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Gov’t moves to control inflation uptick

MJ Blancaflor



The government is intensifying efforts to control the “temporary” price increases of goods, Malacañang said Saturday, after the Philippines’ inflation rate rose to a 26-month high, making it the highest among major economies in Southeast Asia.

The Philippines’ inflation rate quickened to 4.7 percent in February 2021, the fastest increase since the 5.1 percent recorded in December 2018.

It is also the fifth straight monthly acceleration, and follows the 4.2 percent inflation rate in January 2021.

Quoting economic managers, presidential spokesperson Harry Roque said the upward inflation trend is only “temporary.”

“Concerned agencies in the Executive branch continue to check the prices of basic commodities while ensuring that prevailing rates are likewise fair to suppliers,” Roque said.

“We are intensifying efforts to ease inflation through immediate interventions, such as augmenting the supply of meat,” the official added.

Roque cited the administration’s move to impose a 60-day price ceiling on selected pork and chicken products in Metro Manila after its costs soared as high as P450 per kilo due to limited supply.

He also said the government procured hogs from Visayas and Mindanao and Luzon provinces free from African swine fever (ASF) to bring down the prices of pork products.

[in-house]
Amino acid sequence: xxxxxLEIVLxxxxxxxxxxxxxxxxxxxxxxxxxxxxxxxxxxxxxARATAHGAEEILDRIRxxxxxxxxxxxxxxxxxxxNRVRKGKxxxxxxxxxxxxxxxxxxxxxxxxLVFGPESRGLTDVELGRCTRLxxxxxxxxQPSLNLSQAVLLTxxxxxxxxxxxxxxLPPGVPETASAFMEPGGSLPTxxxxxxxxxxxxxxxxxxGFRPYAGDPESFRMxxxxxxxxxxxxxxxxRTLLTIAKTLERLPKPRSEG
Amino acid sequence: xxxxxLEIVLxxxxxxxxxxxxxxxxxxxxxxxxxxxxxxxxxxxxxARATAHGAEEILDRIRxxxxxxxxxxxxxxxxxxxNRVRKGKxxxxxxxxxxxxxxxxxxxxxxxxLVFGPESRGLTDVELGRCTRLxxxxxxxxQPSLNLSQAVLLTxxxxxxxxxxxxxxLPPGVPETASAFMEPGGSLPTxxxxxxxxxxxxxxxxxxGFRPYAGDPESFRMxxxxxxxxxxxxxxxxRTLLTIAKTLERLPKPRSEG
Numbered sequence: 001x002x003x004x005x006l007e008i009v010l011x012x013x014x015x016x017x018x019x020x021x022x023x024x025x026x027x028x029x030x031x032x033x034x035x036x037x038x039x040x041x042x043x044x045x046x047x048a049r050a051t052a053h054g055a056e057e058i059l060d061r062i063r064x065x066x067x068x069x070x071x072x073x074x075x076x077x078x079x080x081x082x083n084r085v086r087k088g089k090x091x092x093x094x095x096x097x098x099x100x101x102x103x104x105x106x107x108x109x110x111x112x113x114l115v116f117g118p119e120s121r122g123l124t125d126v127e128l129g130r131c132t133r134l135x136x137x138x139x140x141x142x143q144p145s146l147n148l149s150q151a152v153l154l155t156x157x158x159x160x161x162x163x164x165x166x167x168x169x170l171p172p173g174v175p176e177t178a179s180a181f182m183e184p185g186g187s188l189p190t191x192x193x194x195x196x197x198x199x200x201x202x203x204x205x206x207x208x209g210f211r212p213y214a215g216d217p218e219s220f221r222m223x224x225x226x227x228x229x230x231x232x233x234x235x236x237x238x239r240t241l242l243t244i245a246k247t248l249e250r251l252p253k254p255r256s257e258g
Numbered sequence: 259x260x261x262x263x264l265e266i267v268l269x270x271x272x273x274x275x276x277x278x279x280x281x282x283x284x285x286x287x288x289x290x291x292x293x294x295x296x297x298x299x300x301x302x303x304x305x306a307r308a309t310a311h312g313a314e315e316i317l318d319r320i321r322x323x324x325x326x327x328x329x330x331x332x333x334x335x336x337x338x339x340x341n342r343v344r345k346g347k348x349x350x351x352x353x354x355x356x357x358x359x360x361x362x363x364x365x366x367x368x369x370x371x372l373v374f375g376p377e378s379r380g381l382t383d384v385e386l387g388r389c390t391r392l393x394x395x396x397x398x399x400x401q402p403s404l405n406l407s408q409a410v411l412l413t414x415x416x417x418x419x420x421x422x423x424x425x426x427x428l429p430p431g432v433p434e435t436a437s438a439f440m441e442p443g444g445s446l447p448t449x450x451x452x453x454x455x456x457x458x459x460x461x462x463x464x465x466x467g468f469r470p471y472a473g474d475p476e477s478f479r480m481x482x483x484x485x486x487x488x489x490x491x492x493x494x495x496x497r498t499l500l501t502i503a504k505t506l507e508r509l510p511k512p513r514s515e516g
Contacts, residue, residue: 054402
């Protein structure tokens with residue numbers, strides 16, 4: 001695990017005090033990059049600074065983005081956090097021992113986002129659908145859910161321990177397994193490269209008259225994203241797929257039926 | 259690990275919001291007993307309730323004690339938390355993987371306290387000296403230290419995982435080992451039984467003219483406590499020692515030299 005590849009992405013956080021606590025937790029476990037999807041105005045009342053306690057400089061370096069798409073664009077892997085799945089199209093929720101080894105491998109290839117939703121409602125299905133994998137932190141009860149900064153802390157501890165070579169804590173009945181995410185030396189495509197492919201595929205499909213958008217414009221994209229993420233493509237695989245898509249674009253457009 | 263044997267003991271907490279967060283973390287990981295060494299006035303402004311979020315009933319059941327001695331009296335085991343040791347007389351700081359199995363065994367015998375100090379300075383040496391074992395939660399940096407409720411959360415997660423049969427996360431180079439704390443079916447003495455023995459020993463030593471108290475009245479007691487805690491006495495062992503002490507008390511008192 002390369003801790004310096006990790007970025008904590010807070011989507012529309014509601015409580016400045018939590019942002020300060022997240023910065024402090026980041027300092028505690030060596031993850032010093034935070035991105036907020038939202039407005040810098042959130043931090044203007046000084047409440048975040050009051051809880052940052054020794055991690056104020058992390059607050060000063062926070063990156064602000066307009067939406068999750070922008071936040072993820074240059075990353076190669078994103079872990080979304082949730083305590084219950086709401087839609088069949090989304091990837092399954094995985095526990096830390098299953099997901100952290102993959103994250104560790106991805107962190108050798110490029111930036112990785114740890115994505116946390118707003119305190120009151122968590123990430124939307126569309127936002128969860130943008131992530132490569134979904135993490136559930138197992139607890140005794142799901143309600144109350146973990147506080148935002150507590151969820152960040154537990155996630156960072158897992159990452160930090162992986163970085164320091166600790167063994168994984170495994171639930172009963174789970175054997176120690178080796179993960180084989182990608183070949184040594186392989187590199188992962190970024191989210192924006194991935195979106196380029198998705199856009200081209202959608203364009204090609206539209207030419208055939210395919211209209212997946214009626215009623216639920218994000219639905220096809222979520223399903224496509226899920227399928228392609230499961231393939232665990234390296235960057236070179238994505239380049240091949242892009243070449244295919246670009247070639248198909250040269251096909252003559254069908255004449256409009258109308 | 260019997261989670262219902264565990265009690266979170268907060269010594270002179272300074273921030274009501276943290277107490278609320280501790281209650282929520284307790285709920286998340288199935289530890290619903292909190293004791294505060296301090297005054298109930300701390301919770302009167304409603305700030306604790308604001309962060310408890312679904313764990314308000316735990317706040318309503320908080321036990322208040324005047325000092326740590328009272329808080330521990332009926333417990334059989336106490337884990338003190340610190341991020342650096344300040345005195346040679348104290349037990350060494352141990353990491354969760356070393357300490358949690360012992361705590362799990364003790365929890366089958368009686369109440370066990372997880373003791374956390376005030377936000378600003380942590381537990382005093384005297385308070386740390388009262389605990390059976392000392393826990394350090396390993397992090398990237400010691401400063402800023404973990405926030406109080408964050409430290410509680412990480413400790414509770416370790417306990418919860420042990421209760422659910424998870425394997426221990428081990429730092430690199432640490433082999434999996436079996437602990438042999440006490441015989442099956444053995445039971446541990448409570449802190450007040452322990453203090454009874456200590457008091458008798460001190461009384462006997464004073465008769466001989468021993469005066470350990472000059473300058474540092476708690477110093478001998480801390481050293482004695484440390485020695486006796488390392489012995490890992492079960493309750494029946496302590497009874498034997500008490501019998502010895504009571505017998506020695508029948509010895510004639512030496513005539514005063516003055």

However, the Philippine Statistics Authority (PSA) said the 60-day price cap on Metro Manila products did little to tame inflation.

“We saw prices of pork decrease in the National Capital Region because of the price cap, but as a result, prices went up in areas outside of Metro Manila as the supply was reduced. This impacted the overall increase in the prices,” PSA chief Dennis Mapa said in a briefing Friday.

The average price of fresh pork with bones went down to P299 per kilogram last month from P338 in January. However, it went up to P281 a kilo from P264 in areas outside Metro Manila, he said.

State statisticians said the continued uptick in inflation was largely caused by the spike in prices of food and non-alcoholic beverages at 6.7 percent, as well as transport costs.

In particular, meat inflation soared to 20.7 percent from 17.1 percent in January as the effects of the ASF continued to pull down supply. Price increases were also faster in vegetables and fish.

The Bangko Sentral ng Pilipinas (BSP) earlier projected that February 2021 inflation would settle within the 4.3 percent to 5.1 percent range, citing higher global crude oil prices and fish prices.

The BSP expects inflation to average at 4 percent in 2021, based on its latest forecast issued 11 February.